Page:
A new report published in the International Journal of Environment and Pollution finds that waste from the textiles industry could be transformed into rich, agricultural compost, with the use of earthworms and animal manure.
Indian researchers Vinod Gard, Renuka Gupta and Priya Kaushik of the Guru Jambheshwar University of Science and Technology have found a particular species of earthworm to be productive in converting the huge volumes of solid sludge produced by the textiles industry into compost.
The earthworm, known as Eisenia foetida, tends to thrive in rotting vegetation, animal waste and compost, making it a commercially grown species for composting.
Solid textile mill sludge is difficult to dispose of, as landfilling and incineration are not viable options given the expense and environmental concerns. Indian textiles industries are under pressure to find sustainable and cost-effective alternatives to the disposal of this industrial waste.
Textile manufacturing produces large amounts of wastewater which, when treated, creates a sludge as the water is removed and the pollutants are concentrated.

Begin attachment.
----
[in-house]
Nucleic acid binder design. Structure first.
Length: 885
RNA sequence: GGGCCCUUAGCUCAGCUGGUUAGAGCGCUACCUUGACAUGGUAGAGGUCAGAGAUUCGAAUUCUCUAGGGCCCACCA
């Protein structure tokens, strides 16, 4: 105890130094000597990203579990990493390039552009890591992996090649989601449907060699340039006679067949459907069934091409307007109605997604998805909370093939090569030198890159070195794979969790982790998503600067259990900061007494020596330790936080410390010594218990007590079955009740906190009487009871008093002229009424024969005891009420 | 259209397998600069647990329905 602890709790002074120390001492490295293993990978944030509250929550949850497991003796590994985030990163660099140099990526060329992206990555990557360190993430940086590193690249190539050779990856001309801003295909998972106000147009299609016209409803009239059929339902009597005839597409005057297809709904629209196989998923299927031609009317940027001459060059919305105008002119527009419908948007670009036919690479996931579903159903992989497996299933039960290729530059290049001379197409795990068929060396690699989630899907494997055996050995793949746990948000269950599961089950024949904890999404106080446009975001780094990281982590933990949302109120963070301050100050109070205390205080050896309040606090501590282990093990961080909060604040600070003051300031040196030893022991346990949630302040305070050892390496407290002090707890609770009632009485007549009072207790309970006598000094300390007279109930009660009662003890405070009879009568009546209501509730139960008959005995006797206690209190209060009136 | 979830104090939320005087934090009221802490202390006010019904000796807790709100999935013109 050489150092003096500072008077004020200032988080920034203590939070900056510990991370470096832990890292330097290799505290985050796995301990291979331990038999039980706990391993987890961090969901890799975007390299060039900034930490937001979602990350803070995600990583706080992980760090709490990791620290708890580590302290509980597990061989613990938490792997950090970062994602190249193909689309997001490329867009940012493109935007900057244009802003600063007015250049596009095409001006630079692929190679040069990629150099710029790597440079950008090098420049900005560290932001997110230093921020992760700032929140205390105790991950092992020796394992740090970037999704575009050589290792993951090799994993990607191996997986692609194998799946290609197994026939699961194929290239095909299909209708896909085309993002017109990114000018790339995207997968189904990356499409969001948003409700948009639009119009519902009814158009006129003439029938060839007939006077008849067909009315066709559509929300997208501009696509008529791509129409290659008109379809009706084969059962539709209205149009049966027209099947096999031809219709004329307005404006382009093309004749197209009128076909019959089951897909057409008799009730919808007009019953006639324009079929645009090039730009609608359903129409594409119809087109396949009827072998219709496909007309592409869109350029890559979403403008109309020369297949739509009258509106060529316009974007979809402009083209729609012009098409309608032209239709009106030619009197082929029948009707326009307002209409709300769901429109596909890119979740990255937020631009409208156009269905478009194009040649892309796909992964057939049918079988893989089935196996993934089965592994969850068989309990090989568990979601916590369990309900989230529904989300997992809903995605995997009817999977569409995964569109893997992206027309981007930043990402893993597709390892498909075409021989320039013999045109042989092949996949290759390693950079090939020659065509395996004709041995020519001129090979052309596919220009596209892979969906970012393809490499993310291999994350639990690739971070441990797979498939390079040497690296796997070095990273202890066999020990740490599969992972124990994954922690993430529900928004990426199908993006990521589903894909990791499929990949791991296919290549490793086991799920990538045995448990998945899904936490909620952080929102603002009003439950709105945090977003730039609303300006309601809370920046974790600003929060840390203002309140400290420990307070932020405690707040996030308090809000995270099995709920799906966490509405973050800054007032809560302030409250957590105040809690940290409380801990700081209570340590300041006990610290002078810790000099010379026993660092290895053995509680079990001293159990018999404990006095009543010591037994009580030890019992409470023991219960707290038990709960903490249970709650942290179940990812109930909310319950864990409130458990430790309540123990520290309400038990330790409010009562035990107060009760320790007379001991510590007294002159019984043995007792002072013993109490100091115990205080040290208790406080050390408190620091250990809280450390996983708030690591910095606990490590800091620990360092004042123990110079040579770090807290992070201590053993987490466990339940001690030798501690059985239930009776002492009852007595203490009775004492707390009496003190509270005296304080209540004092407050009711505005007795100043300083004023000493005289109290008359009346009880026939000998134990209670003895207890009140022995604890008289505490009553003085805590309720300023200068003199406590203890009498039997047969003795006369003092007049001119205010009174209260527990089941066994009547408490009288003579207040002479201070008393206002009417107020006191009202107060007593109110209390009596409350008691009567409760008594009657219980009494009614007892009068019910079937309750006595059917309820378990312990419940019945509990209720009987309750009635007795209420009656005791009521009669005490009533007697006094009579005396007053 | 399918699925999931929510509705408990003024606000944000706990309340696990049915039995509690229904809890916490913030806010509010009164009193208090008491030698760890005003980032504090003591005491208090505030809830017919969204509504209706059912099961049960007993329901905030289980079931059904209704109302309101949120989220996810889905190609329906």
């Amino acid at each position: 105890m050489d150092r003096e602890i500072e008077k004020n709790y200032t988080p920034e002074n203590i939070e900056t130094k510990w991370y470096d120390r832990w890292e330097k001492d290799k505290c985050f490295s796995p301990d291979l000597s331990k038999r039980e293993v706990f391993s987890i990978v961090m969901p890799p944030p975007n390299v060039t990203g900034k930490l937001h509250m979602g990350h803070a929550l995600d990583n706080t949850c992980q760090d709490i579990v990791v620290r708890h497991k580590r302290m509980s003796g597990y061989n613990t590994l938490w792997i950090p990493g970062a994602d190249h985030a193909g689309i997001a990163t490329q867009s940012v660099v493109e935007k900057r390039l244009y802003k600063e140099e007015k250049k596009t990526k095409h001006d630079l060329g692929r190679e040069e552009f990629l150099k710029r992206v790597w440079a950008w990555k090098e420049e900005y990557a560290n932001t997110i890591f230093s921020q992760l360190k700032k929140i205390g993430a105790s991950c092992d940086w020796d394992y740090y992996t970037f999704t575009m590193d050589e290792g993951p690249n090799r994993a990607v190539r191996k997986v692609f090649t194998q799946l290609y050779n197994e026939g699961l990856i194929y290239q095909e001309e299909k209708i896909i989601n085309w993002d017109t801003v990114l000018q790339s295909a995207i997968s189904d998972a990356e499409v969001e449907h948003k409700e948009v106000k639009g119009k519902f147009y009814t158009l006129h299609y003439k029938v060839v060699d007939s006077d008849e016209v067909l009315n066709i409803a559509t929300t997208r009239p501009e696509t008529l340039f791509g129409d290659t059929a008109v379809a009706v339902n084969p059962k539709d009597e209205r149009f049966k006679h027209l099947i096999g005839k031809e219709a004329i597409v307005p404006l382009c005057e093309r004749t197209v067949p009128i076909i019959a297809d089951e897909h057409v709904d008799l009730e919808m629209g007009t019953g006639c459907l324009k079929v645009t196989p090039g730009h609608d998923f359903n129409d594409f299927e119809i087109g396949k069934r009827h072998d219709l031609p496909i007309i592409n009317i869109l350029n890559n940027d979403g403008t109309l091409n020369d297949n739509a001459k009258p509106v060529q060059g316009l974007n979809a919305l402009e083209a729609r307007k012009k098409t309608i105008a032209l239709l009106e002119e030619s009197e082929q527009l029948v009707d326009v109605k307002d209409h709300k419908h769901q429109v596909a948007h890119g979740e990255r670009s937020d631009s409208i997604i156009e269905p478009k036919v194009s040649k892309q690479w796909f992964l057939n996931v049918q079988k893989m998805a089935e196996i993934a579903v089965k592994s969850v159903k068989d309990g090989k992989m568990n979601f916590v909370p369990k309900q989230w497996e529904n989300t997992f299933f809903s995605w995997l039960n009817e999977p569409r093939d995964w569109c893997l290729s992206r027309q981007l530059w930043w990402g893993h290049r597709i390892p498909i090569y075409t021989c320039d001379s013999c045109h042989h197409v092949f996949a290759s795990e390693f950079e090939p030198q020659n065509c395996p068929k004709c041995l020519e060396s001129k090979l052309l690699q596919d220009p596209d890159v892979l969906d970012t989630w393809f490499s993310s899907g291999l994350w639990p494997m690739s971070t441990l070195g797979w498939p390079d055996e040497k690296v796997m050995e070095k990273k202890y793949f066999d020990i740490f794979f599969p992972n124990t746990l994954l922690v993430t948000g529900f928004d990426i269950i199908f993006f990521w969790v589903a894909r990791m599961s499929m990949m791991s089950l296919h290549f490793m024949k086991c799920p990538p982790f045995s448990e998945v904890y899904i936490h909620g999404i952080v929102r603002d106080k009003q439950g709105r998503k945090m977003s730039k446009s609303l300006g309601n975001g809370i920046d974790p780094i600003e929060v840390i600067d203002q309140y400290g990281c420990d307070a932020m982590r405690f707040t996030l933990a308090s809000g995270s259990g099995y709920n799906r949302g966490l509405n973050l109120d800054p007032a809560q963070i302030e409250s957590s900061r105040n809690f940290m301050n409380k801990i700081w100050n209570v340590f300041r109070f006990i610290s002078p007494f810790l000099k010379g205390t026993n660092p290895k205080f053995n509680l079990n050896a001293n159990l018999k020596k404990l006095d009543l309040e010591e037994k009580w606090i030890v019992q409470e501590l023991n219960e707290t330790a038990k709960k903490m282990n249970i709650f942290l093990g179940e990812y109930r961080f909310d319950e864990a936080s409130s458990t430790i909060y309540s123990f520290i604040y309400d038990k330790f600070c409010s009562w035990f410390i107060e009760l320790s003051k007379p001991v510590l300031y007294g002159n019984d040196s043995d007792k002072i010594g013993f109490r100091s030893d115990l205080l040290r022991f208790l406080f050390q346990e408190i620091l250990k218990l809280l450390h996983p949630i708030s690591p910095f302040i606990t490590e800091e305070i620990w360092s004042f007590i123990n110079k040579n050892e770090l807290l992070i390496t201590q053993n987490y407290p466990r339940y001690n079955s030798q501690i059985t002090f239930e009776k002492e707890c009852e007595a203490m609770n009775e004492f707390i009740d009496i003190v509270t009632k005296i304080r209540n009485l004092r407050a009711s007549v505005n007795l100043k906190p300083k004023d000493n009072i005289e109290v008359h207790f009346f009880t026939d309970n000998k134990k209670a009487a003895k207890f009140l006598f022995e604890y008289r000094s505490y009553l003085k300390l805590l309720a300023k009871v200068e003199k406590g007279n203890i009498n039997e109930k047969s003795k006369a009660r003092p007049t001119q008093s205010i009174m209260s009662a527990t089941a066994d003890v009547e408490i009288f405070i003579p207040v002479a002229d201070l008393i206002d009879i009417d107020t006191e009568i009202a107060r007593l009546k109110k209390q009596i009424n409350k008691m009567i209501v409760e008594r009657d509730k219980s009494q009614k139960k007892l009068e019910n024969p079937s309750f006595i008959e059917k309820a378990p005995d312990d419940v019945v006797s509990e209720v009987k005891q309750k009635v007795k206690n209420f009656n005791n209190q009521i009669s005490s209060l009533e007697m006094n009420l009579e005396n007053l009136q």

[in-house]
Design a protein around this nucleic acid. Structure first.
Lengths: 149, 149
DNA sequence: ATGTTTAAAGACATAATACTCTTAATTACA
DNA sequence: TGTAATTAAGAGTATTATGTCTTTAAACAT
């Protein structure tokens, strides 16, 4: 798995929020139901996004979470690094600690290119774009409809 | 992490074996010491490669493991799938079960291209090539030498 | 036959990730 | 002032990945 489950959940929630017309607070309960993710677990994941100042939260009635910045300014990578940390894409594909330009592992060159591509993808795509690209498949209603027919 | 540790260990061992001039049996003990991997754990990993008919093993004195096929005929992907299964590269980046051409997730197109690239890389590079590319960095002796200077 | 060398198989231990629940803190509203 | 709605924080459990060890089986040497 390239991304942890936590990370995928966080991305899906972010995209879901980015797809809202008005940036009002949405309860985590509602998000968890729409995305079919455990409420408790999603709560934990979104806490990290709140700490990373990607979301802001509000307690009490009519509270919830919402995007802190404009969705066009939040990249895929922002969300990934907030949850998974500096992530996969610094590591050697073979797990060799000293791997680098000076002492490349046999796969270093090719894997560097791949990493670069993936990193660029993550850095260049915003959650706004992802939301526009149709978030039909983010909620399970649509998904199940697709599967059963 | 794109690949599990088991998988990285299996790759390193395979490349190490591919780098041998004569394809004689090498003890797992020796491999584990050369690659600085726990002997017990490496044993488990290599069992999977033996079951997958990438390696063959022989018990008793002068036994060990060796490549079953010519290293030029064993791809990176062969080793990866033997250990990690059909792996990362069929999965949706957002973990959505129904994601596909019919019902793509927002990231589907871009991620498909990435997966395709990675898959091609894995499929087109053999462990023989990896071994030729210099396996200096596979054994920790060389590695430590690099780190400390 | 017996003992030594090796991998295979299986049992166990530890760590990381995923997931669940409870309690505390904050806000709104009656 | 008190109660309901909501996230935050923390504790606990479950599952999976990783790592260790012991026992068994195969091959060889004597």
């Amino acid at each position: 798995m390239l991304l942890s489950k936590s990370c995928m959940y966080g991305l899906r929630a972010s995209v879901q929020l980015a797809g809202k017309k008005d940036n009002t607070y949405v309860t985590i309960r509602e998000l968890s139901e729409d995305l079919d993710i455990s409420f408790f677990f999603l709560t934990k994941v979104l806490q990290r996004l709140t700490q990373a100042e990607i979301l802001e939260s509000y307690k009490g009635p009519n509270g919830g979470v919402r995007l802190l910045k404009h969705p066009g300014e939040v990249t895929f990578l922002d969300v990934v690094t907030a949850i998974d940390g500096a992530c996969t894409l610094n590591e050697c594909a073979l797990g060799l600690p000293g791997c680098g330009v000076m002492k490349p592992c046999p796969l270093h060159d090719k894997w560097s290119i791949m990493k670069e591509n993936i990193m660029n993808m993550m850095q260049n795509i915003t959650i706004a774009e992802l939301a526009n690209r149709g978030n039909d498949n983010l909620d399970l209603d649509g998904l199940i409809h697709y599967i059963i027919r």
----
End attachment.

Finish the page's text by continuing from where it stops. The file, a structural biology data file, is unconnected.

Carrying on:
Earthworms are added to the sludge mixture, along with urine-free cow and horse dung, beginning a process that changes the physical and chemical properties of the mixture significantly.
The researchers found the vermicompost process created a compost-like, homogeneous mixture after 180 days.
The earthworms thrive in the manure-enhanced textile sludge, lowering the pH of the alkaline sludge, decreasing the ratio of carbon to nitrogen in the material and increasing the amount of nitrogen and phosphorous available for aided plant growth.
The successful tests with vermicompost in textile sludge can prove extremely useful in countries like India which manufacture large amounts of textiles for export. Research has shown other means of treating post-industrial textile waste, including anaerobic digestion, to be successful as well, often producing gases that can be used as fuel.